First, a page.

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The Need For Sleep

Updated: Dec 31, 2022

If you have ever spent half the night tossing and turning, you know how you will feel the next day - tired, grumpy, foggy and weak. Getting the recommended 7 to 9 hours of nightly sleep does more than preventing you from being a grump, though. There are some serious long-term effects of sleep deprivation, and it can have a significant impact on not only your training but your body's ability to recover.


Sleep deprivation is when you consistently get less sleep than you should. If you experience sleep deprivation for extended periods, your entire body can be affected. Sleep deprivation could be caused by an underlying sleep disorder.


Our bodies need sleep, just like we need water and air. Your body uses the time while you are asleep to heal itself and make those repairs to the ever-important microtears we create in our muscle fibers when lifting. Without enough sleep, your body does not make the repairs it needs and all that time you put in at the gym goes to waste. But if that doesn't both you, look at this review of studies in 2010 that draws a comparison between sleep deprivation and early death.

Some of the signs of sleep deprivation are:

  • excessive sleepiness

  • frequent yawning

  • irritability

  • daytime fatigue

Like the caffeine found in coffee, stimulants only attempt to mask the effects of sleep deprivation. Stimulants can also be a contributing factor when it comes to not being able to fall asleep. The use of stimulants like coffee and lack of sleep at night can create a nasty cycle you want to avoid at all costs. Chronic sleep deprivation interferes with your body's internal systems and can cause more than just the signs and symptoms listed above.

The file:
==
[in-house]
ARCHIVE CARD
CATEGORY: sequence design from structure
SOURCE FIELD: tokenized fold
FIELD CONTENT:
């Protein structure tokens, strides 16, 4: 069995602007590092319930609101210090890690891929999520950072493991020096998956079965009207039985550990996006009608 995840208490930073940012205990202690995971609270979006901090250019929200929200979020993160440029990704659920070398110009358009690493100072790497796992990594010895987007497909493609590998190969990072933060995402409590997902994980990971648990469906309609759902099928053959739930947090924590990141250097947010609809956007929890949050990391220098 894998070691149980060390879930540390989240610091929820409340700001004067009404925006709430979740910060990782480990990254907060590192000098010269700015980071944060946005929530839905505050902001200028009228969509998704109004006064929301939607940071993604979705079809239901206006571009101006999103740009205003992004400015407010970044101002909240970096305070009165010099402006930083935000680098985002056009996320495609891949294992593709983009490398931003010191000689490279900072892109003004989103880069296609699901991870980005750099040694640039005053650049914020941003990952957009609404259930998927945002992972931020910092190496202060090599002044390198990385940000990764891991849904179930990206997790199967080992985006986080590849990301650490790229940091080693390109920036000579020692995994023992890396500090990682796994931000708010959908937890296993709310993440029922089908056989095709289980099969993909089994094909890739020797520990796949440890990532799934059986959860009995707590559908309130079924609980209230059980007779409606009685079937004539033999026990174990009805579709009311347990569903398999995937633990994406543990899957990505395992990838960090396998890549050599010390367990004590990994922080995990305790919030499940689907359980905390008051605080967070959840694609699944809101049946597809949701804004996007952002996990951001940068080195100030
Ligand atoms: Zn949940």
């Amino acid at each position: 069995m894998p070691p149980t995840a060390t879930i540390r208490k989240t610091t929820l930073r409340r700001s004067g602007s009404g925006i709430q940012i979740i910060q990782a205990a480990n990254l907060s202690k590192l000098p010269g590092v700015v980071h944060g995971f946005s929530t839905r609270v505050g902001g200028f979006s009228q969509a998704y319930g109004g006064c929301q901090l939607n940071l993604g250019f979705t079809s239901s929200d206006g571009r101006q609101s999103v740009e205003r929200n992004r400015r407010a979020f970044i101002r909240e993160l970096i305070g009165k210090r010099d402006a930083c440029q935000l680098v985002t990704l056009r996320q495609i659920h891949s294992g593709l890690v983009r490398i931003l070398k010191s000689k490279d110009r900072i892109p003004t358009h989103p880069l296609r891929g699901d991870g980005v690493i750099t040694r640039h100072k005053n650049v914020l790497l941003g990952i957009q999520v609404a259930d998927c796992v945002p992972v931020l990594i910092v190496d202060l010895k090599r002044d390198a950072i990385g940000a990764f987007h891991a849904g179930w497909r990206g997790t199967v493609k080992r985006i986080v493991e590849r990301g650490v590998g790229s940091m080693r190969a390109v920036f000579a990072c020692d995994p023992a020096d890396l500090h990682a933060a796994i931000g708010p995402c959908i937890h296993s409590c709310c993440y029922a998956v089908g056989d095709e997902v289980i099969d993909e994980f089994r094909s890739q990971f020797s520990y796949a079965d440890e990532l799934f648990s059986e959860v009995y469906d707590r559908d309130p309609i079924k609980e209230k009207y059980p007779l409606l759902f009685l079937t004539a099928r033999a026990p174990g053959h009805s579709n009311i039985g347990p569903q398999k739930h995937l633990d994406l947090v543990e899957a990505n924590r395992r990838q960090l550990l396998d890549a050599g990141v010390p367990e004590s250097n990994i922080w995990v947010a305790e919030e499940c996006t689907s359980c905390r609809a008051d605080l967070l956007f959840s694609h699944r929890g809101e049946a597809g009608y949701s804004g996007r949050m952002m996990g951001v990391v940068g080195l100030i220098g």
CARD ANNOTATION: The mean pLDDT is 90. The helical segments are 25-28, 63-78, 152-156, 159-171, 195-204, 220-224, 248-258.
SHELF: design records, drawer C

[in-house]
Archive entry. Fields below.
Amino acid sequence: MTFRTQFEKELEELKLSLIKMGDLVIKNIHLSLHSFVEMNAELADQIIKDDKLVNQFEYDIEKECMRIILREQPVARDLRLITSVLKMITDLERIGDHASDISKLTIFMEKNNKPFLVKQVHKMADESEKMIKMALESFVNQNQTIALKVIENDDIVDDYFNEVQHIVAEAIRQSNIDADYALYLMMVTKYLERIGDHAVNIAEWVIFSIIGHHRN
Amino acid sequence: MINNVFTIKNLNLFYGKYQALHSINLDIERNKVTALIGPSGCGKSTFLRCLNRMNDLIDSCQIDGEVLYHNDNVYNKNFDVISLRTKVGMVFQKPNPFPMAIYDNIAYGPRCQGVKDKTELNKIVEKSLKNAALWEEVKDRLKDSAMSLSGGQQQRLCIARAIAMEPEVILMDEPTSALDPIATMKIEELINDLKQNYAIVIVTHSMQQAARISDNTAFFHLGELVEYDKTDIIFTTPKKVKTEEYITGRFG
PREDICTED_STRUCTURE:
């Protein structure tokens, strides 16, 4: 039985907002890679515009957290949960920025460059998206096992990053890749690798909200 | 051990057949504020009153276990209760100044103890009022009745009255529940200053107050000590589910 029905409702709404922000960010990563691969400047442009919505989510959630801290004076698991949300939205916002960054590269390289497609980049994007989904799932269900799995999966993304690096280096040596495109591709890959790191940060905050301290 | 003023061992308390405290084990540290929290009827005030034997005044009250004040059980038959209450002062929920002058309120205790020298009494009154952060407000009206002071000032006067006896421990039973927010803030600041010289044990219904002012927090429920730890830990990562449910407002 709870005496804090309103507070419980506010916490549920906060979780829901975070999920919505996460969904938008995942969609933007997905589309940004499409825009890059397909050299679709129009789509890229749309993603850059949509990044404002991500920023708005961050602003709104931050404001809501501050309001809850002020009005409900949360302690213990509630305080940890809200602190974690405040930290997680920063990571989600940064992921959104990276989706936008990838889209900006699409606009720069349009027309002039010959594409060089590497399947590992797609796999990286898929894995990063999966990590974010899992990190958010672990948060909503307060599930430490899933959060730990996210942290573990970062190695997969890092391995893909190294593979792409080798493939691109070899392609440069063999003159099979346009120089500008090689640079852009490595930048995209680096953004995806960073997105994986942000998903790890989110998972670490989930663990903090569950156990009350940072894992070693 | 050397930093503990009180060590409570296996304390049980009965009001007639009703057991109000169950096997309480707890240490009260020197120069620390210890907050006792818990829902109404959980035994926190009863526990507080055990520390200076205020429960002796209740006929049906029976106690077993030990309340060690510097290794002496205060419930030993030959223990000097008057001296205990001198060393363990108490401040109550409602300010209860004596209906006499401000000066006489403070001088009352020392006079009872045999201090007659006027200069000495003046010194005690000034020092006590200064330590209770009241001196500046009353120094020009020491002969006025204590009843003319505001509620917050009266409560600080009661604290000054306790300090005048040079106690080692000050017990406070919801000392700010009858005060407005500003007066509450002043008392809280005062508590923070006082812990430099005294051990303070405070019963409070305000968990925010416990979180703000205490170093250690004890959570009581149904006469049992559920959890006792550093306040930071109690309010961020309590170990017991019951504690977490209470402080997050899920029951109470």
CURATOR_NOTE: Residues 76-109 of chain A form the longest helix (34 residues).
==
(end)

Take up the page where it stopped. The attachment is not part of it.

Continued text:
Central Nervous System

Your body's information superhighway is the central nervous system. Sufficient amounts of sleep every night are essential to the functionality of your central nervous system. Chronic insomnia can have a significant effect on how well your body can send and process information.


While we sleep, pathways form between nerve cells (neurons) in our brains. These pathways help us retain the information we have learned throughout the day. Without a good night's rest, our bodies have less time to establish these pathways. As a result, you may find it more difficult to concentrate. An inability to concentrate can lead to decreased coordination and delayed reaction times, a big problem in the gym.


Sleep deprivation can have a significant effect on your emotional state as well. It can also diminish your decision-making skills and creativity and make you more prone to mood swings. You can even start to hallucinate!


Immune System

While you sleep, your body produces infection-fighting substances like antibodies and cytokines, which your immune system uses to protect you. These substances are used to fight off bacteria and viruses. A lack of sleep deprives your body of its time to build up its forces. This can also increase the overall recovery time your body needs after training.


Digestive System

Sleep deprivation can also be a significant contributing factor to obesity. Sleep affects the levels of leptin and ghrelin in your body. Leptin and ghrelin are hormones that control feelings of hunger and fullness.